Wednesday August 3, 2022

Marketing-Led Business Strategy

In 1973, when the American cosmetic company, Revlon, introduced Charlie it conceived a fragrance specifically for the young working woman as its target audience. The entire communication strategy was constructed to represent this new and growing segment. These women took the subway, hurriedly grabbed a coffee at a rail station, worked at offices, wore business suits and popped across to the local café for a sandwich lunch. The advertising strategy targeted this new class of customers at a time of important social changes that brought greater levels of equality in the workplace. Revlon, in the launch of Charlie, had clearly identified its customers and structured its communication specifically to target them. Backed by suitable pricing, Charlie proved to be a success.


All new product launches first need to precisely identify the customer and subsequently design marketing communication plans to target them. Logistics and distribution, then follow. As I introduced our speaker Sahil Dharia, at a CMO session in Bombay on the 5th July, I asked him to explain his thinking behind three fundamental issues. First, who his target customers were in the socio-economic order; second, his communication plans to pursue them and third, the distribution strategy for his recently launched female hygiene products, specifically sanitary pads.


Sahil left a global role in a large financial services company to set up Soothe Healthcare, a manufacturing enterprise that seeks to increase the usage of sanitary pads amongst the Indian female population. In 2011, the penetration of this product was limited to 12%. A decade later it touched 25%. This segment, in the fast-moving consumer goods domain, has previously been dominated by two large multinational national corporations, Proctor & Gamble and Johnson & Johnson. Both focused their efforts largely on the metropolitan market which comprised the bulk of sales. Soothe, on the other hand, launched in tier 2 and 3 cities where usage of sanitary products was traditionally low. Barriers to entry were affordability, access and most importantly awareness. Nobody, in lower-middle class Indian society liked to talk openly about female hygiene and conversations were limited to whispered tones amongst a few related women.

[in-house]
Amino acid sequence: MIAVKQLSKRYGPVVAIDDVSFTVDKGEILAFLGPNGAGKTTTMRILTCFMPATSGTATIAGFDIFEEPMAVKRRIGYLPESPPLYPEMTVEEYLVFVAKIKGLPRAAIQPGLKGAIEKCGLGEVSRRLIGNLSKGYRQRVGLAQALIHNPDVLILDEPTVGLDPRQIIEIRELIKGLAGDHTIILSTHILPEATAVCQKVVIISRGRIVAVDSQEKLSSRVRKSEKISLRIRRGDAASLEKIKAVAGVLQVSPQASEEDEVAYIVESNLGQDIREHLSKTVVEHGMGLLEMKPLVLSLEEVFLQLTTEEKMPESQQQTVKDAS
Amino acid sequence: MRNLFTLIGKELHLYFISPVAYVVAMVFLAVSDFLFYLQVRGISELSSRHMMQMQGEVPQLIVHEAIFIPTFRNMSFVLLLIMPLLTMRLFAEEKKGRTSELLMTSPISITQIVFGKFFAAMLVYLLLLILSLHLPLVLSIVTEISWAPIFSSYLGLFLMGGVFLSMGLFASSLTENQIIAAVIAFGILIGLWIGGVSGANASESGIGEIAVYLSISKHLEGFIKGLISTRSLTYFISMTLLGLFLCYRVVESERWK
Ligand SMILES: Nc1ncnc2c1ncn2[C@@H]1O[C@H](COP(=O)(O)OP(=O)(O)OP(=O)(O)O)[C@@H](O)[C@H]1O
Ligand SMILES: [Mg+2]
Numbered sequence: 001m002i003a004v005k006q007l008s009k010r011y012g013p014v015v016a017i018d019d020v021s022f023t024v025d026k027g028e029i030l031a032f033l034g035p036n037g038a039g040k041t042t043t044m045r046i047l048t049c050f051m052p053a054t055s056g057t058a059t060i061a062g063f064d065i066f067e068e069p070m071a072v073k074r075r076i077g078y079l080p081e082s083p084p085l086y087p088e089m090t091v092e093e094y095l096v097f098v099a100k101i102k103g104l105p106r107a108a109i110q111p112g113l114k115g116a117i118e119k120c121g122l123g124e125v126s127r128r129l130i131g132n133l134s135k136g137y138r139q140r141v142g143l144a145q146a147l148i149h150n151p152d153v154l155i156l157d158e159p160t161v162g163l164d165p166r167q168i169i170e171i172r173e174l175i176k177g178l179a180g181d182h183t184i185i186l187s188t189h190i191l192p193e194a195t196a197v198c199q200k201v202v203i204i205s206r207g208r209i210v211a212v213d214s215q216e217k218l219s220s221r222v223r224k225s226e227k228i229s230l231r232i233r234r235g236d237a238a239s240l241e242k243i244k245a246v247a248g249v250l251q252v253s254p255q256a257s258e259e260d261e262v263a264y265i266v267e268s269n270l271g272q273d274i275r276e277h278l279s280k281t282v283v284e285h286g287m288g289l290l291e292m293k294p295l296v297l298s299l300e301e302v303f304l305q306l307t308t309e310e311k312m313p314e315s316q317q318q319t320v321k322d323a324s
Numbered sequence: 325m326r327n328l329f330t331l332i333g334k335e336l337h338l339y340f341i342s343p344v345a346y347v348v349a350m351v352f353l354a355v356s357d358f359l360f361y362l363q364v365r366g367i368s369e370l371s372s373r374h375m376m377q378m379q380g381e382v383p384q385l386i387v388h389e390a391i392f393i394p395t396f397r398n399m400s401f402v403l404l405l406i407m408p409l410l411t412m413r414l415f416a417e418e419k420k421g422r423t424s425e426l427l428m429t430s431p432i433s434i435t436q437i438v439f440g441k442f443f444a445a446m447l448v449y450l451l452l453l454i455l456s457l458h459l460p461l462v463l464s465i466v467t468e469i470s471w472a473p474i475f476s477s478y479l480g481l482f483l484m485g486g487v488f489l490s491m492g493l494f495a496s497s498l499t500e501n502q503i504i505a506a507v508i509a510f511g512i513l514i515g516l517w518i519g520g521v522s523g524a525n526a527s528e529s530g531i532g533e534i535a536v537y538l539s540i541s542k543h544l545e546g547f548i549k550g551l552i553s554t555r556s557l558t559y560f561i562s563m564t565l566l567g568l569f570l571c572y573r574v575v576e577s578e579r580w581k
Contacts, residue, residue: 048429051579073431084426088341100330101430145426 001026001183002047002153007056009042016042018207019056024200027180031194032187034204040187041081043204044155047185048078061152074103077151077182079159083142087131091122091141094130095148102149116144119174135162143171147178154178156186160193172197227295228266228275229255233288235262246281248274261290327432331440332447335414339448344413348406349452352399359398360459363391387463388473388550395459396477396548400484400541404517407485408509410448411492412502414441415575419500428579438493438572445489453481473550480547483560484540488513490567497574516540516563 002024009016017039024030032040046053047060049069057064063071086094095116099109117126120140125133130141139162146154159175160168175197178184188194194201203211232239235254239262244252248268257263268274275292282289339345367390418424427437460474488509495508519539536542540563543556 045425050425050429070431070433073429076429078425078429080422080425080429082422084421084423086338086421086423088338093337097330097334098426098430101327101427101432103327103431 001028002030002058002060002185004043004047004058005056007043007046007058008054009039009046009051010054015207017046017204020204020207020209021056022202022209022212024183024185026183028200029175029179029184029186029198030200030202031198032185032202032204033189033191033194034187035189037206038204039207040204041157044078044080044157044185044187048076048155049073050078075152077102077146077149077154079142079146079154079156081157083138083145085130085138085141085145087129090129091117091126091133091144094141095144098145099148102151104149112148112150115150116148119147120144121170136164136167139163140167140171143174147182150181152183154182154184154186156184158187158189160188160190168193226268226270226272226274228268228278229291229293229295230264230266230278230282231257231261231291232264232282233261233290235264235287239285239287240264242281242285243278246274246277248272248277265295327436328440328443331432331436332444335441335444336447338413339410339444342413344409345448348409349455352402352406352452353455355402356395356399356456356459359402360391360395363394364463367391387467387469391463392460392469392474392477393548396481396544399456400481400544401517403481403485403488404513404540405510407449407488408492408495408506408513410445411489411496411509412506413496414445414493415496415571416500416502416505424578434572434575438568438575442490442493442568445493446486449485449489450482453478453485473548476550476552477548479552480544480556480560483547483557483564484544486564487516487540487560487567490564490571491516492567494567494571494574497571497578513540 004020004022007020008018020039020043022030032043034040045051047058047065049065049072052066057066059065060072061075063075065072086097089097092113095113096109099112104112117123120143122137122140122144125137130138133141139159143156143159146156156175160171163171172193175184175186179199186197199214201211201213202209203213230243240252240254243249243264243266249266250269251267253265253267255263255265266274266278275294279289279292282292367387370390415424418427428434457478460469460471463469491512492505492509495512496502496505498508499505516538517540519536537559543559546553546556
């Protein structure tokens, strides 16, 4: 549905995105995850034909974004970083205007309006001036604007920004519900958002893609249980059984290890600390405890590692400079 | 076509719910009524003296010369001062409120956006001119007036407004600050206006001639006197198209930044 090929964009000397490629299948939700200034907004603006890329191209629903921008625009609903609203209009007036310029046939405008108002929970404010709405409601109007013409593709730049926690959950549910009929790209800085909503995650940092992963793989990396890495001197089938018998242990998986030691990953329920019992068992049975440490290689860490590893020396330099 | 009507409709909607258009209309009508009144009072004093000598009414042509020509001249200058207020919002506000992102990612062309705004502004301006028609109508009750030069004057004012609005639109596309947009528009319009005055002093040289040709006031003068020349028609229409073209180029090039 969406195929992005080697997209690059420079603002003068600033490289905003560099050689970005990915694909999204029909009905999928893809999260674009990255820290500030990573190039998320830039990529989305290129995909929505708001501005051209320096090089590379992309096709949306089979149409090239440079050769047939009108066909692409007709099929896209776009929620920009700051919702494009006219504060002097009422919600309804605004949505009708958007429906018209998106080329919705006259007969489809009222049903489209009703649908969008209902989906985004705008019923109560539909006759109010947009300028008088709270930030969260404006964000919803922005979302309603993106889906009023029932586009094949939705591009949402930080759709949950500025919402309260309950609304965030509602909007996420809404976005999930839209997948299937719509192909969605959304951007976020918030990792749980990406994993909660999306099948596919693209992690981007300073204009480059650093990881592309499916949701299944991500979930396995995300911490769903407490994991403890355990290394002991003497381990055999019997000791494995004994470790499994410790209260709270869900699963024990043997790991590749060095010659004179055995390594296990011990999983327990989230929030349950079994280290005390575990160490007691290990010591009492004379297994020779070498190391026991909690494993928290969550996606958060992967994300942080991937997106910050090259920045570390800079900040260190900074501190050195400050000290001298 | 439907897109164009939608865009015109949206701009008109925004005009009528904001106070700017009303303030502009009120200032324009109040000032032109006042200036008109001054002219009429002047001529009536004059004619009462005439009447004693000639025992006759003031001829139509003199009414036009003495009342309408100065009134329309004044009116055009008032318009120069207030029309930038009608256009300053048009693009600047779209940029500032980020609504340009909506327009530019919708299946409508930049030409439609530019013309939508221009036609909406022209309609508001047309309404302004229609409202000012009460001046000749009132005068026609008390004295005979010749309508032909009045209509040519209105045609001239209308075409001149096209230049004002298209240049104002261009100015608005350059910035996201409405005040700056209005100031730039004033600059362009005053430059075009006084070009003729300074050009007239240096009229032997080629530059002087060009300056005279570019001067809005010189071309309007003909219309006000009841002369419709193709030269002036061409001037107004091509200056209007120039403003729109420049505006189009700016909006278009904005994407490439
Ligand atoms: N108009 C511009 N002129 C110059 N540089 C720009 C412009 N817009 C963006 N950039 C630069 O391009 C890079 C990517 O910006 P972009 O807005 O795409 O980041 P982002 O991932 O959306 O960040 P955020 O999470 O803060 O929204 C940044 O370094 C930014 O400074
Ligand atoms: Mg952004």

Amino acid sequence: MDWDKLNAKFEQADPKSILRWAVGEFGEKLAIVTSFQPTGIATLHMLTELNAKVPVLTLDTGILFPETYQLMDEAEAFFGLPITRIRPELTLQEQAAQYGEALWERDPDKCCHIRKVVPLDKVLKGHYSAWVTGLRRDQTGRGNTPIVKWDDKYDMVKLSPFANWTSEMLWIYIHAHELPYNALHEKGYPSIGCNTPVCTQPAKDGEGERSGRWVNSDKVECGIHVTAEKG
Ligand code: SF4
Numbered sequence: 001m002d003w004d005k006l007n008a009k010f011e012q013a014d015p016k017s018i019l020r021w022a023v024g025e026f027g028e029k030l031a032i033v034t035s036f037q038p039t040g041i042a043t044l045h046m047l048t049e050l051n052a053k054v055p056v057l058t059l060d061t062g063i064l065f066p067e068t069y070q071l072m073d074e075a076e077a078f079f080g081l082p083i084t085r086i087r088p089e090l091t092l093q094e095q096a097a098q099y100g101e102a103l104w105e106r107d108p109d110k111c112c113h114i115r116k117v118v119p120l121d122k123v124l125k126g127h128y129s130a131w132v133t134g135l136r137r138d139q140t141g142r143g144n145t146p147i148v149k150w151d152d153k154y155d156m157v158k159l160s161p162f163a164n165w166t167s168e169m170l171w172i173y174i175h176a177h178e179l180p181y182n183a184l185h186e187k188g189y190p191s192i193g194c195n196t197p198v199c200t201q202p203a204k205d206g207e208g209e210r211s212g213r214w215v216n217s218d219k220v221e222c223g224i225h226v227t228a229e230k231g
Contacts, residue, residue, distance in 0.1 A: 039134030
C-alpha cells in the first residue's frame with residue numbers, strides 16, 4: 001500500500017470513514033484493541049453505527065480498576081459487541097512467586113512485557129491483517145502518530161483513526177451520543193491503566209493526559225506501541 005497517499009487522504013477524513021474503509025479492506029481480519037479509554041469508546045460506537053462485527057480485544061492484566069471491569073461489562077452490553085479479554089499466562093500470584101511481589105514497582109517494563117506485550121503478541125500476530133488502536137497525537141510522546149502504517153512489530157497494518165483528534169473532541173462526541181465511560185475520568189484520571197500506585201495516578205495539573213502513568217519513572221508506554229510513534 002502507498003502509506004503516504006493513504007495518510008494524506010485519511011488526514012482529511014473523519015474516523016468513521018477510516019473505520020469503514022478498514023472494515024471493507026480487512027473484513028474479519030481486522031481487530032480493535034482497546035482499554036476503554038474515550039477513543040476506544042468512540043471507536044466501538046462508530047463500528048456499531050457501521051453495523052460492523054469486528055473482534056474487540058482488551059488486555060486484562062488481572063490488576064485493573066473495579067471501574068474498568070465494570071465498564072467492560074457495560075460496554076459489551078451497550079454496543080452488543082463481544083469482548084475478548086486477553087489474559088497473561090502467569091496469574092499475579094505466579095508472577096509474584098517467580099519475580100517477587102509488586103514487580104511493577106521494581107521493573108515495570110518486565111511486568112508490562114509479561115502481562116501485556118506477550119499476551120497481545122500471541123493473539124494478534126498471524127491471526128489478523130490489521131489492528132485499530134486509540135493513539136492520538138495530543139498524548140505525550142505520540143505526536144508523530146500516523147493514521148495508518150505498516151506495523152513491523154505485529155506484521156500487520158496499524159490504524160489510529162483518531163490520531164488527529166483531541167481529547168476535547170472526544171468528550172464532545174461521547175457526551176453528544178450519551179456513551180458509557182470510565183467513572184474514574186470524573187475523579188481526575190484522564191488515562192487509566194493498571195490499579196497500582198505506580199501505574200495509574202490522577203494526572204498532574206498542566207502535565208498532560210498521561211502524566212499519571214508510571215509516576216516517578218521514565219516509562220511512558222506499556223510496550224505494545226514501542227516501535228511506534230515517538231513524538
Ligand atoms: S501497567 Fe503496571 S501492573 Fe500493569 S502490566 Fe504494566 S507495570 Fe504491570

Soothe had decided that its customers would consist of women in the age group of 18 to 25, from tier 2 and 3 towns, frequently students, but not limited to them. That was clear enough. But the real task was to convince girls to try their sanitary pads in place of traditional methods. This proved burdensome. As Sahil explained, they simply chipped away at the problem, working with retail outlets but also with institutional platforms such as schools and colleges. Advertisement and communication strategies used female celebrities to communicate a simple message. Often the barrier to adoption came from within families and friends. But as such things go, visible consumption creates more consumption, producing an upward spiral of sorts. As Sahil explained, the metro markets were saturated with usage rates at over 87% so the real opportunity was elsewhere but admittedly harder to crack.


Soothe adopted an aggressive pricing strategy, based on their research, at Rs 20 a pack. This was much more affordable than what existing players had to offer, so costs would not become an entry barrier for the customer segment they sought to address. Communication platforms included the traditional print media but really more digital and more targeted. The next challenge was distribution. This needed a partnership with retail outlets and the offering of free products so that customers could try them and see value. It was a painstaking task chipping away, outlet by outlet, initially in Poona where the product was first introduced. Over a period of five years Soothe claims over 350,000 retail outlets, across the country, that stock and sell its produce. From any benchmark, this is a remarkable achievement.


In this business, growth comes from new opportunities in expanding the market place. Other developing countries had followed a similar pattern. For instance, in China, product usage went up in 2002 from 2% of the female population to 42% over twelve years. Sahil believes the opportunities in India are not dissimilar. The market is evolving and consequently brings opportunities for both established and new offerings. Sahil does not fear the financial might and marketing finesse of large MNCs. The market is big enough for everyone.